I believe I'm the only board member here with a horse still in the race, so I can't be as objective about things as the rest of you. That said, the controversy seems to have hit everyone but the Cubs this year. I'm remaining very cautiously optimistic about things...I'm surrounded all day by excited teenagers claiming that the Cubs are sure to win everything, but they are too young to have lived through the Bartman game and the pain that came from being sure that 2003 was our year (and I'm too young to have lived through 1984, or 1969, or 1945, and so on and so on).

I won't be able to watch tonight, but I'm curious as to where Chicago goes next (and I'm sorry, it is ridiculous that we won't have home field advantage...we were a better team than both of these, wild card be damned). I think the Dodgers scare me less than the Mets, especially if both Kershaw and Greinke are out for Game 1, and Greinke not pitching until we get to Chicago. But, wouldn't it be fitting that after knocking out our dreaded Cardinals we then get to go and exact revenge on the dreaded Mets?!?

That said, no matter what happens in the next week, there is going to be a lot of blue worn at the World Series.
"Go into the world and do well. But more importantly, go into the world and do good."
- Minor Myers, Jr.

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Re: 2015 MLB Playoffs

Postby danfrank » Thu Oct 15, 2015 10:29 am

That WAS probably the craziest inning of postseason ball I can remember. If the game had ended 3-2, it would be hard to blame Russell Martin for such a freak error (I can't recall ever seeing that happen either). Given the actual outcome, I can't imagine Elvis Andrus sleeping too well for a while. That inning must have been pure torture for Rangers fans.

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Re: 2015 MLB Playoffs

Postby Mister Tee » Wed Oct 14, 2015 9:43 pm

The 7th inning in Toronto was like an acid trip.

I didn't think anything could supplant the Utley brouhaha at the top of the controversy list, but the I've-never-seen-that-before deflection on Martin's throw that scored the go-ahead run topped it. The idea that something that freakish could determine the outcome of a series struck me as cruel (it obviously struck Blue Jays fans the same way. since they started heaving garbage onto the field).

And maybe it struck the Rangers the same way, because they started fumbling the ball like they didn't want the win -- three consecutive botched infield plays loaded the bases, then Donaldson's ball (which looked to everyone, including the runner at first, like a pop-up to second ) somehow drifted over the second baseman's head and tied the score. Following which Joey Bats scorched one into the second or third deck, and stopped to admire his work (which led to benches emptying for the third or fourth time in the half hour).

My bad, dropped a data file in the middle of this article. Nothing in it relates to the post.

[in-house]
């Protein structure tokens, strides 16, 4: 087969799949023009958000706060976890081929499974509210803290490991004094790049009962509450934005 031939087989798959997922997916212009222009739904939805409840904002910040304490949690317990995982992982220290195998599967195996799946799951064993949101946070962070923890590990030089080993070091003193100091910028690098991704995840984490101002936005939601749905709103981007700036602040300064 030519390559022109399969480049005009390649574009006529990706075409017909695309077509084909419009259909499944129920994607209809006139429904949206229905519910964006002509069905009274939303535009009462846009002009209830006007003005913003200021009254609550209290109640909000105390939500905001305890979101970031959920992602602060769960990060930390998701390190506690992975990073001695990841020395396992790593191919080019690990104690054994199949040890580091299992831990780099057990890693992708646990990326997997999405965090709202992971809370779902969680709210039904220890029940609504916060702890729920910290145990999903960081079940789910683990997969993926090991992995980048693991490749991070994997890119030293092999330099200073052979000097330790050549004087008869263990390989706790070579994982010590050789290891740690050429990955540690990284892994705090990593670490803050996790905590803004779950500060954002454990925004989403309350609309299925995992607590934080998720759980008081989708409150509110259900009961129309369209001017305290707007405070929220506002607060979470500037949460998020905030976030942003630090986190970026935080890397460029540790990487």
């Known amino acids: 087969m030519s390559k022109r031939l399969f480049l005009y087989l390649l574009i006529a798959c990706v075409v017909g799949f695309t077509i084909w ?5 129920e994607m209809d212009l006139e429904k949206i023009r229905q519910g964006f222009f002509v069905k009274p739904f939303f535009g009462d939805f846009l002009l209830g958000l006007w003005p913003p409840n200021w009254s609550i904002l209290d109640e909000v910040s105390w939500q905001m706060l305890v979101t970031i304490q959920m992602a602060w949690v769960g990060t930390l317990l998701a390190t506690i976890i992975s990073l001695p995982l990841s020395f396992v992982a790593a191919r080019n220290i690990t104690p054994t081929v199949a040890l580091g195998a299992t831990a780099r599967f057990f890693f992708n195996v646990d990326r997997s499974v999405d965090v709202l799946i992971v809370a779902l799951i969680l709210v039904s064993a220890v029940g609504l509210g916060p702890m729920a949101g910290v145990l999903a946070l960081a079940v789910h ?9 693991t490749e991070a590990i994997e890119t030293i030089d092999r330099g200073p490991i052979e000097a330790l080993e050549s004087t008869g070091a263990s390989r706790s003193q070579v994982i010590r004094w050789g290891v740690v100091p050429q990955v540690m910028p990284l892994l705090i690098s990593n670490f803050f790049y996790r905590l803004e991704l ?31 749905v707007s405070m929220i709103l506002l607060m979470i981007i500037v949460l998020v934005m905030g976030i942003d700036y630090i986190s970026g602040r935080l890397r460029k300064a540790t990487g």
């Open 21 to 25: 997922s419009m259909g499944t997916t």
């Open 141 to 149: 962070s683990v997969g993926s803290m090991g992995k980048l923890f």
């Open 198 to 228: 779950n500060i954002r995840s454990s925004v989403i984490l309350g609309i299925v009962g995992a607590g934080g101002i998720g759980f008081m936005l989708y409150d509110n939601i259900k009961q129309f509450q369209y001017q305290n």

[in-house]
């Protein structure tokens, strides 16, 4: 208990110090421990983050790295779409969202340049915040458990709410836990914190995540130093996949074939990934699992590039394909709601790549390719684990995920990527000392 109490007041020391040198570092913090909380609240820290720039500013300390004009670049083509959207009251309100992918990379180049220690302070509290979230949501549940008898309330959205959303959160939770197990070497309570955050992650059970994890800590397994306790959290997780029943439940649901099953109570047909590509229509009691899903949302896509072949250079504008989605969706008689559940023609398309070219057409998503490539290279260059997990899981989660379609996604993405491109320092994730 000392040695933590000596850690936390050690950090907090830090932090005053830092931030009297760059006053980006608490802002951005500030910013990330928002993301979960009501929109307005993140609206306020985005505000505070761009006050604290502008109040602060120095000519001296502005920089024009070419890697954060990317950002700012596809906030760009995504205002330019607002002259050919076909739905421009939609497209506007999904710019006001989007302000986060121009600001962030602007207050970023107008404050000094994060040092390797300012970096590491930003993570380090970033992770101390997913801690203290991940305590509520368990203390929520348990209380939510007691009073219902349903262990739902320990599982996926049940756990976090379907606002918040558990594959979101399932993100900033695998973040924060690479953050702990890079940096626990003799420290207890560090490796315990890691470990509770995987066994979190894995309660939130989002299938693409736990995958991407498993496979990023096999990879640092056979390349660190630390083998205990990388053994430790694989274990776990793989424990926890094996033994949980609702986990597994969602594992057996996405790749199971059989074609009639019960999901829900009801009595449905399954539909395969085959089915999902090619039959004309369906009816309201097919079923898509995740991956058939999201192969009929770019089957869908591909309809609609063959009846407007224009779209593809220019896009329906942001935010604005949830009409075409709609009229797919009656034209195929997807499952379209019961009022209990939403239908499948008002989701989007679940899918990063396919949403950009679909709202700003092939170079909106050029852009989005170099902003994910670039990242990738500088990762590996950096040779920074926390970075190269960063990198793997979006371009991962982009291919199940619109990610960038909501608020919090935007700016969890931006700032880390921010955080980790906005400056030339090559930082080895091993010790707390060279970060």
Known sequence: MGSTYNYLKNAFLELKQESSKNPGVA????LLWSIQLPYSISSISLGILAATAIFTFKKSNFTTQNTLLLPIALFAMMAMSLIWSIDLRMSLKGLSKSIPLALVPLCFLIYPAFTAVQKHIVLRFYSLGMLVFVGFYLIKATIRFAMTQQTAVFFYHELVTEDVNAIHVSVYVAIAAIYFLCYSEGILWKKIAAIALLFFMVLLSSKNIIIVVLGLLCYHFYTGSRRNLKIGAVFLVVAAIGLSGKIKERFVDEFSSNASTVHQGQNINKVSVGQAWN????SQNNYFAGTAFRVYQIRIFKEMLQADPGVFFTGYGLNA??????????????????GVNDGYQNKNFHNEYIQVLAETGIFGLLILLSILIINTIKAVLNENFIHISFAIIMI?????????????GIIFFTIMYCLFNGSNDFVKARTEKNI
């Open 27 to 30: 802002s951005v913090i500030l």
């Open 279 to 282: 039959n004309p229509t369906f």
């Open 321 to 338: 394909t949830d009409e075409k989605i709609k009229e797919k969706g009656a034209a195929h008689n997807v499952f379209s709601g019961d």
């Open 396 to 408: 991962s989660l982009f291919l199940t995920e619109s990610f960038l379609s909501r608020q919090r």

Oh, yeah: the Blue Jays won. Which they probably deserved, but it's weird it took an inning so strange to bring it about.

And now, I've just watched KC go ahead 7-2 in the 8th, meaning barring catastrophe they'll be meeting the Jays in the LCS. They, too, came from behind, but, compared to what the Jays went through, the wins seems mundane.

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Re: 2015 MLB Playoffs

Postby Okri » Wed Oct 14, 2015 6:55 pm

I'm reading but not much to contribute. People did go apeshit around the 7th inning, though.

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Re: 2015 MLB Playoffs

Postby danfrank » Wed Oct 14, 2015 1:22 am

Sorry to leave you stranded, Tee. I very much enjoy reading your baseball-related posts. I'm very happy about the Cubs. I read today that this was the first postseason series they've EVER clinched at Wrigley, which helps to demonstrate the incredible drought Cubs fans have endured. The Cubs are going to have to find ways other than the homer to score runs, though, as it's not likely this slugfest will continue.

I am now leaning toward the idea that the Dodgers will win (Kershaw's postseason dog days are perhaps over?) with Greinke pitching at home, but who knows?